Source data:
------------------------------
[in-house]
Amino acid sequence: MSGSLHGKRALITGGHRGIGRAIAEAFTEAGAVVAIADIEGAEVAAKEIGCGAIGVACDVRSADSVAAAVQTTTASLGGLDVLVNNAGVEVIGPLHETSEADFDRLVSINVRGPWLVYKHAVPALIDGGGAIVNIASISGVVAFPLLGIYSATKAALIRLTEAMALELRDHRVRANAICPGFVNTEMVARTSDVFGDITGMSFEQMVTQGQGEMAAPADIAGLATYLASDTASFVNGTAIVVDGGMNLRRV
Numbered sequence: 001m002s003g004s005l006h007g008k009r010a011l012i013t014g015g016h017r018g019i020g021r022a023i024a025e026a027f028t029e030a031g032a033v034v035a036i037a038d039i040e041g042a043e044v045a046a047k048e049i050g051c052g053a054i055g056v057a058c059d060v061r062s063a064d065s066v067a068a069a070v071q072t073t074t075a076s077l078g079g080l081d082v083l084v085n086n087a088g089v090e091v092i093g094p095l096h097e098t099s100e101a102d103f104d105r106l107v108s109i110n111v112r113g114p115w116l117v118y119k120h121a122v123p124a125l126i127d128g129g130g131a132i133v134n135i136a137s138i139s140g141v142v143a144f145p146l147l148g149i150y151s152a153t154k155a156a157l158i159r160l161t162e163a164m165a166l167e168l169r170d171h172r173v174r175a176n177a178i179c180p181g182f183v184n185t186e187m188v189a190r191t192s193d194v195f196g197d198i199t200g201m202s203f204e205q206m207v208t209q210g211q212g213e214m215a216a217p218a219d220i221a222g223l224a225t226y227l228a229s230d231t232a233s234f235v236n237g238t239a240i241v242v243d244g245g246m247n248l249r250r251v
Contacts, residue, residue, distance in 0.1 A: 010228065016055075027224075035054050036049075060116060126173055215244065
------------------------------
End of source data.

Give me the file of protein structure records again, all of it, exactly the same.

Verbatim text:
[in-house]
Amino acid sequence: MSGSLHGKRALITGGHRGIGRAIAEAFTEAGAVVAIADIEGAEVAAKEIGCGAIGVACDVRSADSVAAAVQTTTASLGGLDVLVNNAGVEVIGPLHETSEADFDRLVSINVRGPWLVYKHAVPALIDGGGAIVNIASISGVVAFPLLGIYSATKAALIRLTEAMALELRDHRVRANAICPGFVNTEMVARTSDVFGDITGMSFEQMVTQGQGEMAAPADIAGLATYLASDTASFVNGTAIVVDGGMNLRRV
Numbered sequence: 001m002s003g004s005l006h007g008k009r010a011l012i013t014g015g016h017r018g019i020g021r022a023i024a025e026a027f028t029e030a031g032a033v034v035a036i037a038d039i040e041g042a043e044v045a046a047k048e049i050g051c052g053a054i055g056v057a058c059d060v061r062s063a064d065s066v067a068a069a070v071q072t073t074t075a076s077l078g079g080l081d082v083l084v085n086n087a088g089v090e091v092i093g094p095l096h097e098t099s100e101a102d103f104d105r106l107v108s109i110n111v112r113g114p115w116l117v118y119k120h121a122v123p124a125l126i127d128g129g130g131a132i133v134n135i136a137s138i139s140g141v142v143a144f145p146l147l148g149i150y151s152a153t154k155a156a157l158i159r160l161t162e163a164m165a166l167e168l169r170d171h172r173v174r175a176n177a178i179c180p181g182f183v184n185t186e187m188v189a190r191t192s193d194v195f196g197d198i199t200g201m202s203f204e205q206m207v208t209q210g211q212g213e214m215a216a217p218a219d220i221a222g223l224a225t226y227l228a229s230d231t232a233s234f235v236n237g238t239a240i241v242v243d244g245g246m247n248l249r250r251v
Contacts, residue, residue, distance in 0.1 A: 010228065016055075027224075035054050036049075060116060126173055215244065